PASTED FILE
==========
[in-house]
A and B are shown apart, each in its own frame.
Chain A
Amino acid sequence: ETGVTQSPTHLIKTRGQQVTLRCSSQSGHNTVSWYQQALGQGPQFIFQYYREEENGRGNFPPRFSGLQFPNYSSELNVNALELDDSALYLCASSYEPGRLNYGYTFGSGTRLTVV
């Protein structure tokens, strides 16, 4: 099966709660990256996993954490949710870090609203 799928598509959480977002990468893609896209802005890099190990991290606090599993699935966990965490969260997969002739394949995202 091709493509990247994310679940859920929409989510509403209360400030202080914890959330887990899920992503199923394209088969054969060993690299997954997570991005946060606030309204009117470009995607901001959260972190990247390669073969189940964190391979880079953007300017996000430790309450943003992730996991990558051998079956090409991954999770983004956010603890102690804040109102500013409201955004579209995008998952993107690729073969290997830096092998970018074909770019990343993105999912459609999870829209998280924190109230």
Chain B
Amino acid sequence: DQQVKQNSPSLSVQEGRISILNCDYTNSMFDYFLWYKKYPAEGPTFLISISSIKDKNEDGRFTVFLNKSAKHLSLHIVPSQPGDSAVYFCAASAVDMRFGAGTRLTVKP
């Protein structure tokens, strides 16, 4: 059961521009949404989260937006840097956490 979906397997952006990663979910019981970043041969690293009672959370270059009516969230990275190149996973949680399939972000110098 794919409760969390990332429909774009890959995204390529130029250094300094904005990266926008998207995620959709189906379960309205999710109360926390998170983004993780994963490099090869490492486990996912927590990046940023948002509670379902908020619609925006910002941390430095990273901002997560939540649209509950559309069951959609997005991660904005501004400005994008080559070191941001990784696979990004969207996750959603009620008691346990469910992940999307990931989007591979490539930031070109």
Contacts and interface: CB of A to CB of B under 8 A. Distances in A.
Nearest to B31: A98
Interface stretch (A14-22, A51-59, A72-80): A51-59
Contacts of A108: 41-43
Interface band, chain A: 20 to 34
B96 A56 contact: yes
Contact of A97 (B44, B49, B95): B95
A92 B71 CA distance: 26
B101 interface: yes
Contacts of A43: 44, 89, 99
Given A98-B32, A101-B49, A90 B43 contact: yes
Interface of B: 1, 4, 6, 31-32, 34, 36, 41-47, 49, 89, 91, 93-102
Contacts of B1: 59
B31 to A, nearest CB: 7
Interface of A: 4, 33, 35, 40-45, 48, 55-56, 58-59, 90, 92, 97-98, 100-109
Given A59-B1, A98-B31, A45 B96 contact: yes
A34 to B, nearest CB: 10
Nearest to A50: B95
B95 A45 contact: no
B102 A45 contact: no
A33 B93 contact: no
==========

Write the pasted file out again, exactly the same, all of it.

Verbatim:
[in-house]
A and B are shown apart, each in its own frame.
Chain A
Amino acid sequence: ETGVTQSPTHLIKTRGQQVTLRCSSQSGHNTVSWYQQALGQGPQFIFQYYREEENGRGNFPPRFSGLQFPNYSSELNVNALELDDSALYLCASSYEPGRLNYGYTFGSGTRLTVV
């Protein structure tokens, strides 16, 4: 099966709660990256996993954490949710870090609203 799928598509959480977002990468893609896209802005890099190990991290606090599993699935966990965490969260997969002739394949995202 091709493509990247994310679940859920929409989510509403209360400030202080914890959330887990899920992503199923394209088969054969060993690299997954997570991005946060606030309204009117470009995607901001959260972190990247390669073969189940964190391979880079953007300017996000430790309450943003992730996991990558051998079956090409991954999770983004956010603890102690804040109102500013409201955004579209995008998952993107690729073969290997830096092998970018074909770019990343993105999912459609999870829209998280924190109230």
Chain B
Amino acid sequence: DQQVKQNSPSLSVQEGRISILNCDYTNSMFDYFLWYKKYPAEGPTFLISISSIKDKNEDGRFTVFLNKSAKHLSLHIVPSQPGDSAVYFCAASAVDMRFGAGTRLTVKP
């Protein structure tokens, strides 16, 4: 059961521009949404989260937006840097956490 979906397997952006990663979910019981970043041969690293009672959370270059009516969230990275190149996973949680399939972000110098 794919409760969390990332429909774009890959995204390529130029250094300094904005990266926008998207995620959709189906379960309205999710109360926390998170983004993780994963490099090869490492486990996912927590990046940023948002509670379902908020619609925006910002941390430095990273901002997560939540649209509950559309069951959609997005991660904005501004400005994008080559070191941001990784696979990004969207996750959603009620008691346990469910992940999307990931989007591979490539930031070109």
Contacts and interface: CB of A to CB of B under 8 A. Distances in A.
Nearest to B31: A98
Interface stretch (A14-22, A51-59, A72-80): A51-59
Contacts of A108: 41-43
Interface band, chain A: 20 to 34
B96 A56 contact: yes
Contact of A97 (B44, B49, B95): B95
A92 B71 CA distance: 26
B101 interface: yes
Contacts of A43: 44, 89, 99
Given A98-B32, A101-B49, A90 B43 contact: yes
Interface of B: 1, 4, 6, 31-32, 34, 36, 41-47, 49, 89, 91, 93-102
Contacts of B1: 59
B31 to A, nearest CB: 7
Interface of A: 4, 33, 35, 40-45, 48, 55-56, 58-59, 90, 92, 97-98, 100-109
Given A59-B1, A98-B31, A45 B96 contact: yes
A34 to B, nearest CB: 10
Nearest to A50: B95
B95 A45 contact: no
B102 A45 contact: no
A33 B93 contact: no